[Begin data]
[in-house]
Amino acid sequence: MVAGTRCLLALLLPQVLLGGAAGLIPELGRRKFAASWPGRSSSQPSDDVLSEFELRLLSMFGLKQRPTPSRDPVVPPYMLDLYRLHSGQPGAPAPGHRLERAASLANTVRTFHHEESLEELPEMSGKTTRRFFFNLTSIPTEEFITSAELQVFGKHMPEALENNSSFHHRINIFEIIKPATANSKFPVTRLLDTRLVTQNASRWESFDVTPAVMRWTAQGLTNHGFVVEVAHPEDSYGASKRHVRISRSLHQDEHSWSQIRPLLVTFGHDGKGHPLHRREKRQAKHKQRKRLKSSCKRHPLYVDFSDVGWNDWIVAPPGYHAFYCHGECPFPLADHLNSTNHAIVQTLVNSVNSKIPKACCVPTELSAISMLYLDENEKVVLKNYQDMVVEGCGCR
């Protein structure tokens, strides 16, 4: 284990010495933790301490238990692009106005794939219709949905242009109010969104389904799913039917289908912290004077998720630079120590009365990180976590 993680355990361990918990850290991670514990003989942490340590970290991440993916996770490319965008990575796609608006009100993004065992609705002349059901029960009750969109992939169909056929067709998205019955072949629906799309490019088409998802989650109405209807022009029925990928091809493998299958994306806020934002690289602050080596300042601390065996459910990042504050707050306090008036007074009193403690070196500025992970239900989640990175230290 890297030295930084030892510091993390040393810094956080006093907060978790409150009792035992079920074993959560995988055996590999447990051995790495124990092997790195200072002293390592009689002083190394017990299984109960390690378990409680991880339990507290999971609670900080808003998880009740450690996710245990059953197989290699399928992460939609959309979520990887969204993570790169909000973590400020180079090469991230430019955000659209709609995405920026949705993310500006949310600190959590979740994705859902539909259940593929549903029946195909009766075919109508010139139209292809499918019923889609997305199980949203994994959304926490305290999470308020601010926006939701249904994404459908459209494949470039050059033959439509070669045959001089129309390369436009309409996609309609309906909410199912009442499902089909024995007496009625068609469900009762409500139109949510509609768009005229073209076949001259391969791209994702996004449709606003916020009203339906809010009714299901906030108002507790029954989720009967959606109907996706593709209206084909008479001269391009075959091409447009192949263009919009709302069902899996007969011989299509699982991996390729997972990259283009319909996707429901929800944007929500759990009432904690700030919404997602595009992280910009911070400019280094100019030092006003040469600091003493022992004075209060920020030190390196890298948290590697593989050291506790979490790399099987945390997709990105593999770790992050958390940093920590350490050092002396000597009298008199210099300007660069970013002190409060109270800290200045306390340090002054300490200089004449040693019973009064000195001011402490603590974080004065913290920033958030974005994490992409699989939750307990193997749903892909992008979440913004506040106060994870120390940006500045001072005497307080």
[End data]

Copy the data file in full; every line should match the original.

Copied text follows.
[in-house]
Amino acid sequence: MVAGTRCLLALLLPQVLLGGAAGLIPELGRRKFAASWPGRSSSQPSDDVLSEFELRLLSMFGLKQRPTPSRDPVVPPYMLDLYRLHSGQPGAPAPGHRLERAASLANTVRTFHHEESLEELPEMSGKTTRRFFFNLTSIPTEEFITSAELQVFGKHMPEALENNSSFHHRINIFEIIKPATANSKFPVTRLLDTRLVTQNASRWESFDVTPAVMRWTAQGLTNHGFVVEVAHPEDSYGASKRHVRISRSLHQDEHSWSQIRPLLVTFGHDGKGHPLHRREKRQAKHKQRKRLKSSCKRHPLYVDFSDVGWNDWIVAPPGYHAFYCHGECPFPLADHLNSTNHAIVQTLVNSVNSKIPKACCVPTELSAISMLYLDENEKVVLKNYQDMVVEGCGCR
């Protein structure tokens, strides 16, 4: 284990010495933790301490238990692009106005794939219709949905242009109010969104389904799913039917289908912290004077998720630079120590009365990180976590 993680355990361990918990850290991670514990003989942490340590970290991440993916996770490319965008990575796609608006009100993004065992609705002349059901029960009750969109992939169909056929067709998205019955072949629906799309490019088409998802989650109405209807022009029925990928091809493998299958994306806020934002690289602050080596300042601390065996459910990042504050707050306090008036007074009193403690070196500025992970239900989640990175230290 890297030295930084030892510091993390040393810094956080006093907060978790409150009792035992079920074993959560995988055996590999447990051995790495124990092997790195200072002293390592009689002083190394017990299984109960390690378990409680991880339990507290999971609670900080808003998880009740450690996710245990059953197989290699399928992460939609959309979520990887969204993570790169909000973590400020180079090469991230430019955000659209709609995405920026949705993310500006949310600190959590979740994705859902539909259940593929549903029946195909009766075919109508010139139209292809499918019923889609997305199980949203994994959304926490305290999470308020601010926006939701249904994404459908459209494949470039050059033959439509070669045959001089129309390369436009309409996609309609309906909410199912009442499902089909024995007496009625068609469900009762409500139109949510509609768009005229073209076949001259391969791209994702996004449709606003916020009203339906809010009714299901906030108002507790029954989720009967959606109907996706593709209206084909008479001269391009075959091409447009192949263009919009709302069902899996007969011989299509699982991996390729997972990259283009319909996707429901929800944007929500759990009432904690700030919404997602595009992280910009911070400019280094100019030092006003040469600091003493022992004075209060920020030190390196890298948290590697593989050291506790979490790399099987945390997709990105593999770790992050958390940093920590350490050092002396000597009298008199210099300007660069970013002190409060109270800290200045306390340090002054300490200089004449040693019973009064000195001011402490603590974080004065913290920033958030974005994490992409699989939750307990193997749903892909992008979440913004506040106060994870120390940006500045001072005497307080």